There is nothing in sport quite like the unexpected emergence of an unaffected new star. It is the novelty that never wears off: the wide-eyed smile of the young athlete who can scarcely believe their wildest dreams are being realised, a captivated audience enjoying a first glimpse of talent and poise from beyond the tramlines of ordinariness. As of this weekend, this phenomenon can now be retitled the Emma Raducanu Effect.
Even in the midst of such an absurdly hectic sporting summer it would have required a heart of Roy Keane‑esque stone not to glory in an 18-year-old reminding us that high-level tennis, even under the searchlight of Wimbledon scrutiny, can be empowering and fun. As Andy Murray limps into the twilight of his extraordinary career, how blessed is British tennis that the barley water gods have now served up such a likable, well-adjusted successor?
It has been a similarly uplifting story in the Euros. Let’s face it, many of the millions screaming: “It’s coming home!” from their sofas would not have recognised Jadon Sancho or Jude Bellingham a month ago had they knocked on their front doors carrying footballs under both arms. Almost as disconcerting as England cruising smoothly into the late stages of a major tournament is the growing public realisation that those responsible also appear to be excellent role models. The more we see them the more we like them, which is not always so in the traditional nice‑guys‑finish-last world of elite sport.
Thinking about it, this freshly minted charm also explains why the British & Irish Lions continue to exert such a powerful hold over so many imaginations. Die opening provincial tour match in Johannesburg on Saturday might have been a touch mundane in other circumstances – mediocre opposition, one-sided, no spectators – but the Lions are never remotely routine for one simple reason: they don’t know what is going to happen next, either.
Imagine, for comparison’s sake, Engeland, Skotland, Wales and Northern Ireland coming together to compete as one in the European football championship. En, in sommige gevalle, being permitted only a few days’ preparation? How much chance of immediate success would they have? The only possible option is to do what the Lions have traditionally done: subvert their egos to the broader cause, hold tackle bags for others in the pouring rain if required and laugh along with mates who, days ago, were remote, unknown rivals.
In certain cases this can require a full-blown Stars in Their Eyes-style transformation of identity. “Tonight, Matthew, I am going to be a top-class Lion despite never having played with most of these blokes before.” No wonder those who enjoy a successful first night look so genuinely thrilled. Watching the flanker Hamish Watson shyly accept his man of the match award on his Lions debut and Josh Adams treat his four-try haul like a bag of groceries unexpectedly delivered by 14 other kindly van drivers was to sense the first tell-tale signs of an unselfish, warm-hearted band of brothers who may yet enjoy a successful Lions adventure.
Clearly, the similarities with Raducanu are not wholly exact. The mullet fancier Watson, known as “The Mish”, has already played 41 Tests for Scotland and is the Six Nations player of the year. Adams was the top try scorer at the 2019 Rugby World Cup and helped Wales to reach the semi-finals. Nou, wel, the goalposts have shifted, particularly for a wider English sporting public that has previously seen them as someone else’s heroes. Suddenly four equals one. It is like falling in love with the boy or girl next door whom you have abruptly realised is no ordinary neighbour.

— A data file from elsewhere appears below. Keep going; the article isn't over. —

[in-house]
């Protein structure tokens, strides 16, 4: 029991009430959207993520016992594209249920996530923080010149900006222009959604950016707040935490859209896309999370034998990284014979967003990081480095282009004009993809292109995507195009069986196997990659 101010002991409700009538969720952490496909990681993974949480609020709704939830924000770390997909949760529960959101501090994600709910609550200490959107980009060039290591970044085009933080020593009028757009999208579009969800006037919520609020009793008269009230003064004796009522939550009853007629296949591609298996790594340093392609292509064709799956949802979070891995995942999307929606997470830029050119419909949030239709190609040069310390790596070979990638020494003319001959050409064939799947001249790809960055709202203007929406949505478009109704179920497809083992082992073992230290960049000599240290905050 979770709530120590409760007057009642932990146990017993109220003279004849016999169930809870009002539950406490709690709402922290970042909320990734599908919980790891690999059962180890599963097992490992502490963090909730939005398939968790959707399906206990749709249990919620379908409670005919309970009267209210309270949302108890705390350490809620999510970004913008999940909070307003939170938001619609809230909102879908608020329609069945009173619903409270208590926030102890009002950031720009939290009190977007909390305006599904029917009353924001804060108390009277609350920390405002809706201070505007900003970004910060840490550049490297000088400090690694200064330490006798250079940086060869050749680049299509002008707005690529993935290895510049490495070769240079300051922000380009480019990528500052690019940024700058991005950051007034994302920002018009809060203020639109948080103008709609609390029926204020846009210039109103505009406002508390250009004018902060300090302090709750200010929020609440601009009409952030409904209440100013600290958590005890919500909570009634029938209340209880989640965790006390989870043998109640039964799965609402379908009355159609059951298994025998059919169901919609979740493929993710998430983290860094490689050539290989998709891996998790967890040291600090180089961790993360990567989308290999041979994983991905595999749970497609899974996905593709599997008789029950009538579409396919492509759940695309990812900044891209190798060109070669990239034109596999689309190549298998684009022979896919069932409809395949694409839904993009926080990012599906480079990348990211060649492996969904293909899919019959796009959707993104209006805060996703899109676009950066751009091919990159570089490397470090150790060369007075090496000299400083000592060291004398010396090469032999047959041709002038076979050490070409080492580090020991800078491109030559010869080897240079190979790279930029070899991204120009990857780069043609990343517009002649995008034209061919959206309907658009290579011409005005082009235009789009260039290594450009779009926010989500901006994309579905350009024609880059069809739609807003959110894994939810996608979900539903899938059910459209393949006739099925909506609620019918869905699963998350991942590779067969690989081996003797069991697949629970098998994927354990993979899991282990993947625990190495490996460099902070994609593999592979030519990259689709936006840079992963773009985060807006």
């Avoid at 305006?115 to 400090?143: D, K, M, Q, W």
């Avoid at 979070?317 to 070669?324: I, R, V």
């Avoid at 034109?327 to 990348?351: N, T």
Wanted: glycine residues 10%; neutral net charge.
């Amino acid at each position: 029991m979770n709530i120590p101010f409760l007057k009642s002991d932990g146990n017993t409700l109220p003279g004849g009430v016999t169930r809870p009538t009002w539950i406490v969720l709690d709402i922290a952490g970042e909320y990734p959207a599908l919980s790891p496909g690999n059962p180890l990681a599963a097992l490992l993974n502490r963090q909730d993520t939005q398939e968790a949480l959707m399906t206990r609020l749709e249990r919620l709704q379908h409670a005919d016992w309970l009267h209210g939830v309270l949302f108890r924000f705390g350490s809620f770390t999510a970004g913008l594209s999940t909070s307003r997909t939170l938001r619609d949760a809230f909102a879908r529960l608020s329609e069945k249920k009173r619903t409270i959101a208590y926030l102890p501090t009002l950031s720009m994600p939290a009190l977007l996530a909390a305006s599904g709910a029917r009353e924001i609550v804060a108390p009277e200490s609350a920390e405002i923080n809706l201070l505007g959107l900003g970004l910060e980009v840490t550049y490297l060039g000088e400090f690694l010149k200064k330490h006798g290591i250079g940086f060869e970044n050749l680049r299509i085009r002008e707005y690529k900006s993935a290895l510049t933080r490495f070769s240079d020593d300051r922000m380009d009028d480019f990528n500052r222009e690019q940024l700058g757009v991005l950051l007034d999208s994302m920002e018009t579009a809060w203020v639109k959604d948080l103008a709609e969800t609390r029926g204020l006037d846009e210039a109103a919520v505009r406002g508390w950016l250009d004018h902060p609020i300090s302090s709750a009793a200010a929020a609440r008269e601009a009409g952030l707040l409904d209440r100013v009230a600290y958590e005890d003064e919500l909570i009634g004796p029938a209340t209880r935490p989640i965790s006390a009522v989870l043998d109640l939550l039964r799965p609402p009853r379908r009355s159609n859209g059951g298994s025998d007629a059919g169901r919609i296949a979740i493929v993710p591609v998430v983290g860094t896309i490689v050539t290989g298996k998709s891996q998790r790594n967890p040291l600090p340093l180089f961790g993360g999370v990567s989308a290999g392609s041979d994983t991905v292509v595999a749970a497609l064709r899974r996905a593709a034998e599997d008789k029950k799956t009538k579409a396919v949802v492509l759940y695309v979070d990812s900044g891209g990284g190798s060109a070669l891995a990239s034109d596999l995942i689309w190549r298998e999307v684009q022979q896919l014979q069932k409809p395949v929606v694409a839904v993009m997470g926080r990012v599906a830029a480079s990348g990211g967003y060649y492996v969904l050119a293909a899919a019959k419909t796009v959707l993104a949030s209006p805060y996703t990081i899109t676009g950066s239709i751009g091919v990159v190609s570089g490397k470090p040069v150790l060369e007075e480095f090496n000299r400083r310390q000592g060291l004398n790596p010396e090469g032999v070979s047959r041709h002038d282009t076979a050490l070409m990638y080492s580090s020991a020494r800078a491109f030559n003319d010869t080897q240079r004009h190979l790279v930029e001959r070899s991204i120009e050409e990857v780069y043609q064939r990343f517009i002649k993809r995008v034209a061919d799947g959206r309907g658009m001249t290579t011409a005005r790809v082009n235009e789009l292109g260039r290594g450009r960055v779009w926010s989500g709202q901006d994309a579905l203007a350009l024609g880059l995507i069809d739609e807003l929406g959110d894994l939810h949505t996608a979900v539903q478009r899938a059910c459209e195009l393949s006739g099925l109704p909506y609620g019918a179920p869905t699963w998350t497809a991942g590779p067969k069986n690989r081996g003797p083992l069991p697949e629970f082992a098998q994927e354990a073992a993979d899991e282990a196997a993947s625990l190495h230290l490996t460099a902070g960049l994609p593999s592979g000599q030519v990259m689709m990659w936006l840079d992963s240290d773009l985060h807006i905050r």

This is the addictive secret not simply of the Lions but sporting romanticism full stop. Raducanu and Sancho and Bukayo Saka and Watson – admittedly a slightly long-in-the-tooth Lions novice at the age of 29 – are crashing open the stage door and marching through the dry ice with no obvious fear. The popular assumption is that only psycho killers or weirdos do that: how much more engaging to watch inspiring performers who, but for their fast-twitch muscle fibres and infinitely better ball-eye coordination, could almost be one of us.
For me it is that emotional connection, real or imaginary, that breeds a lasting affinity with sport. My late dad reared us on endless tales of evocative Somerset cricketers, but his favourite was always Harold Gimblett, from Bicknoller in the Quantock Hills. Gimblett’s first-class debut in 1935 remains the stuff of West Country legend: called up at the 11th hour, having previously been told by his home county that he wasn’t good enough, he missed the bus from Taunton, hitched a lift in a lorry and arrived late in Frome to face Essex. Coming in to bat at No 8, with his side struggling on 107 for six, the 20-year-old hit a century in just over an hour and Somerset went on to win by an innings. Fleet Street’s finest swiftly descended on the Gimblett family farm and an unlikely star was born.
Instant gratification, natuurlik, rarely lasts indefinitely. It could be that Raducanu will lose her next match and that England’s name, perish the thought, is not already on the cup. Watson and Adams still have work to do to make the starting XV for the first Lions Test, while the media’s fickle eye may yet alight on the 20-year-old Louis Rees-Zammit, rugby’s latest meteor. Either way, let us rejoice for now and rip up that tired old maxim of Alan Hansen’s. With today’s increasingly mature, fearless generation of kids you can win anything.